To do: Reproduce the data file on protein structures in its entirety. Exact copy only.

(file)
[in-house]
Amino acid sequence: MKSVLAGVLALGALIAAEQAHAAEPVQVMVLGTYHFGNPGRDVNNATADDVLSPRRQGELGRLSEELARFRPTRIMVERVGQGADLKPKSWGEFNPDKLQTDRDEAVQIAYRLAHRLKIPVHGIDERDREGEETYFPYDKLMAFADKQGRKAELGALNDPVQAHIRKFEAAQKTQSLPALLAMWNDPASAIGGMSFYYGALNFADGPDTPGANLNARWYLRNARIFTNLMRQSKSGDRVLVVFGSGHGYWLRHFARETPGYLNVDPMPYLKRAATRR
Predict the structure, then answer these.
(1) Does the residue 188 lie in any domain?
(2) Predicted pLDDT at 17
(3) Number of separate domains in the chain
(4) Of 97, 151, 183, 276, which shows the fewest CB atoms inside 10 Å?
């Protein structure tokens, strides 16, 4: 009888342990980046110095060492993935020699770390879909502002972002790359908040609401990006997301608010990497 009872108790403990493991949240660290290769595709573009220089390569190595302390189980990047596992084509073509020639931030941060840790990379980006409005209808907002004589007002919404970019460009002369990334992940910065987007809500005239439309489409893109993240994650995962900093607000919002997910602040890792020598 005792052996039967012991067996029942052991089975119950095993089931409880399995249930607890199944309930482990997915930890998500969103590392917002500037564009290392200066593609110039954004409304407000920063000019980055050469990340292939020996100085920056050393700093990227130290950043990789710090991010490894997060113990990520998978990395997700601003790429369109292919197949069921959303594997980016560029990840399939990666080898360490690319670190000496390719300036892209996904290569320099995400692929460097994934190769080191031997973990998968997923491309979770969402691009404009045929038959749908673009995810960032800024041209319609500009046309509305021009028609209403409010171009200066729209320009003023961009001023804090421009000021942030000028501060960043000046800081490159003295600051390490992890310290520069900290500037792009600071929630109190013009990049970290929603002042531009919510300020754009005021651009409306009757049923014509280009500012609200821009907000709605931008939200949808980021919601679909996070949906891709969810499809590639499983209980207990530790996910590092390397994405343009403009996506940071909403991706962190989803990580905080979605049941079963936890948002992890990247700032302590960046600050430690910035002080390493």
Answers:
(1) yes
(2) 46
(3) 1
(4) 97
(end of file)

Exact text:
[in-house]
Amino acid sequence: MKSVLAGVLALGALIAAEQAHAAEPVQVMVLGTYHFGNPGRDVNNATADDVLSPRRQGELGRLSEELARFRPTRIMVERVGQGADLKPKSWGEFNPDKLQTDRDEAVQIAYRLAHRLKIPVHGIDERDREGEETYFPYDKLMAFADKQGRKAELGALNDPVQAHIRKFEAAQKTQSLPALLAMWNDPASAIGGMSFYYGALNFADGPDTPGANLNARWYLRNARIFTNLMRQSKSGDRVLVVFGSGHGYWLRHFARETPGYLNVDPMPYLKRAATRR
Predict the structure, then answer these.
(1) Does the residue 188 lie in any domain?
(2) Predicted pLDDT at 17
(3) Number of separate domains in the chain
(4) Of 97, 151, 183, 276, which shows the fewest CB atoms inside 10 Å?
């Protein structure tokens, strides 16, 4: 009888342990980046110095060492993935020699770390879909502002972002790359908040609401990006997301608010990497 009872108790403990493991949240660290290769595709573009220089390569190595302390189980990047596992084509073509020639931030941060840790990379980006409005209808907002004589007002919404970019460009002369990334992940910065987007809500005239439309489409893109993240994650995962900093607000919002997910602040890792020598 005792052996039967012991067996029942052991089975119950095993089931409880399995249930607890199944309930482990997915930890998500969103590392917002500037564009290392200066593609110039954004409304407000920063000019980055050469990340292939020996100085920056050393700093990227130290950043990789710090991010490894997060113990990520998978990395997700601003790429369109292919197949069921959303594997980016560029990840399939990666080898360490690319670190000496390719300036892209996904290569320099995400692929460097994934190769080191031997973990998968997923491309979770969402691009404009045929038959749908673009995810960032800024041209319609500009046309509305021009028609209403409010171009200066729209320009003023961009001023804090421009000021942030000028501060960043000046800081490159003295600051390490992890310290520069900290500037792009600071929630109190013009990049970290929603002042531009919510300020754009005021651009409306009757049923014509280009500012609200821009907000709605931008939200949808980021919601679909996070949906891709969810499809590639499983209980207990530790996910590092390397994405343009403009996506940071909403991706962190989803990580905080979605049941079963936890948002992890990247700032302590960046600050430690910035002080390493």
Answers:
(1) yes
(2) 46
(3) 1
(4) 97